"I told him, 'If I were you, I'd take one week off after the season, I'd get my [rear end] into the weight room and I'd lift until there was no tomorrow. Because otherwise you don't have a chance,'" Kollar said. "You've got to be able to get in there and fight.
"Right now, where he was physically -- he wasn't where he needed to be."
7. CALLING THE DEFENSE: JOE WOODS
Joseph noted that the Broncos' new defensive coordinator would handle the defensive play-calls. He added that he would offer assistance if needed, but he expected Woods to take care of the bulk of that work.
"It's easy for me to help Joe from my seat as he calls plays," Joseph said. "Offensively, it's different, because you have to spend every waking moment to game-plan and call plays offensively. But defensively, I can help Joe without spending every waking moment in the defensive room.
"So I'll help Joe, but he's going to call the plays."
8. JOB NO. 1 FOR MARCUS ROBERTSON: GROWING THE YOUNG TALENT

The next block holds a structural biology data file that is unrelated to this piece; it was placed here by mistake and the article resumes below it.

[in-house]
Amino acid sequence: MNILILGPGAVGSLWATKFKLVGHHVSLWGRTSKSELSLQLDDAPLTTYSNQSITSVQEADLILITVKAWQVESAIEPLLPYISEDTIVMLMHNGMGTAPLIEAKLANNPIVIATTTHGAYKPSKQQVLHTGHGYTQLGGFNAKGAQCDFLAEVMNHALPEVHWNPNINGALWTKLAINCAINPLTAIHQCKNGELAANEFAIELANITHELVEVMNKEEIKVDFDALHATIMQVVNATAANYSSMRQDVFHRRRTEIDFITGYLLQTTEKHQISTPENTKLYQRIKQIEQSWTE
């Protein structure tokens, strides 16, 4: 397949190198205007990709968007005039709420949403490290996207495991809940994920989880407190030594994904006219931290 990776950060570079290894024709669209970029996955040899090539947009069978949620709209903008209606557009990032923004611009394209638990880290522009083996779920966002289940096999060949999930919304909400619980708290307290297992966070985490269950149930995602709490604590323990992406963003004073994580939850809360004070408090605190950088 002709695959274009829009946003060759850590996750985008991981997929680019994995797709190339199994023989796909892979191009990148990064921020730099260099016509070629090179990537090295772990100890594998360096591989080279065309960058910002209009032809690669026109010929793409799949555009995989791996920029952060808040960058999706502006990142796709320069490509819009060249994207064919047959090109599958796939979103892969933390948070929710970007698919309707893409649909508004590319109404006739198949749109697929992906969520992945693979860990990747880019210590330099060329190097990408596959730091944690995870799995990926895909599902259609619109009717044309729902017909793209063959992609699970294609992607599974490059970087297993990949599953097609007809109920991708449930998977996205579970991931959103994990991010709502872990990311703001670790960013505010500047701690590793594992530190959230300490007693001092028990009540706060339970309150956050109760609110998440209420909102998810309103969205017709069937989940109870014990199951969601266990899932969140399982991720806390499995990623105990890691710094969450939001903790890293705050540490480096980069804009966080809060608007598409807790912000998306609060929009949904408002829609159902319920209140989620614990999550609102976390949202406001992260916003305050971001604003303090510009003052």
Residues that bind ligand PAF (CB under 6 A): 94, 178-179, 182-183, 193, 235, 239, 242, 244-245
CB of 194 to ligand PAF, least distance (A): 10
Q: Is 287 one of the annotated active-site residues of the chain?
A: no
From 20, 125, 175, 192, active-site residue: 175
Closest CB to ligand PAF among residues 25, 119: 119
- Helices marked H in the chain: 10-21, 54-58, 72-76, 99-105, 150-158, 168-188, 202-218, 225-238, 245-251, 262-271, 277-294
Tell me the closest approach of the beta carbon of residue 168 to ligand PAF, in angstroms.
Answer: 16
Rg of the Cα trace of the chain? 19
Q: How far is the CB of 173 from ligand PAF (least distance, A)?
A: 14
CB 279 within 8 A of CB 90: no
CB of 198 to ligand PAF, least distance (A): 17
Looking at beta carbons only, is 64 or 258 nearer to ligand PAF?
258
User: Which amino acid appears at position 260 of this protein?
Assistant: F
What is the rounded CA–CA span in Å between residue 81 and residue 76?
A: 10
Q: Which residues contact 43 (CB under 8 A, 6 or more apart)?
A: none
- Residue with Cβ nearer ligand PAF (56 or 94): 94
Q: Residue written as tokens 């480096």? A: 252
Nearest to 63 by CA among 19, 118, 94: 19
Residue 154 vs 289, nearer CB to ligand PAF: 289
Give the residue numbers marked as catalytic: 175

Robertson knows what he has in starters
"The sky's the limit for them," Robertson said when asked about Simmons and Parks. "I think [Simmons] has a phenomenal skill set; I think he's a real true free safety that has some versatility, and I'm hoping to turn him into a legitimate ballhawk in the middle of the field and a sure tackler in the middle of the field.
"Will Parks has a lot of versatility. He's tough as nails. He's coachable, a real smart player. I think he's going to be very similar to me as I look at it. For lack of better words, I see him as a poor man's T.J. Ward right now. Only time will tell, but I think they've got very positive upsides."
As for Roby, Robertson wants to see him "be more consistent."
"You want to see him grow as a football player," Robertson said. "He's a guy who has all the tools; I just think you see some lapses here and there. So you've just got to get him to be more consistent, and get him to understand the importance of every single down."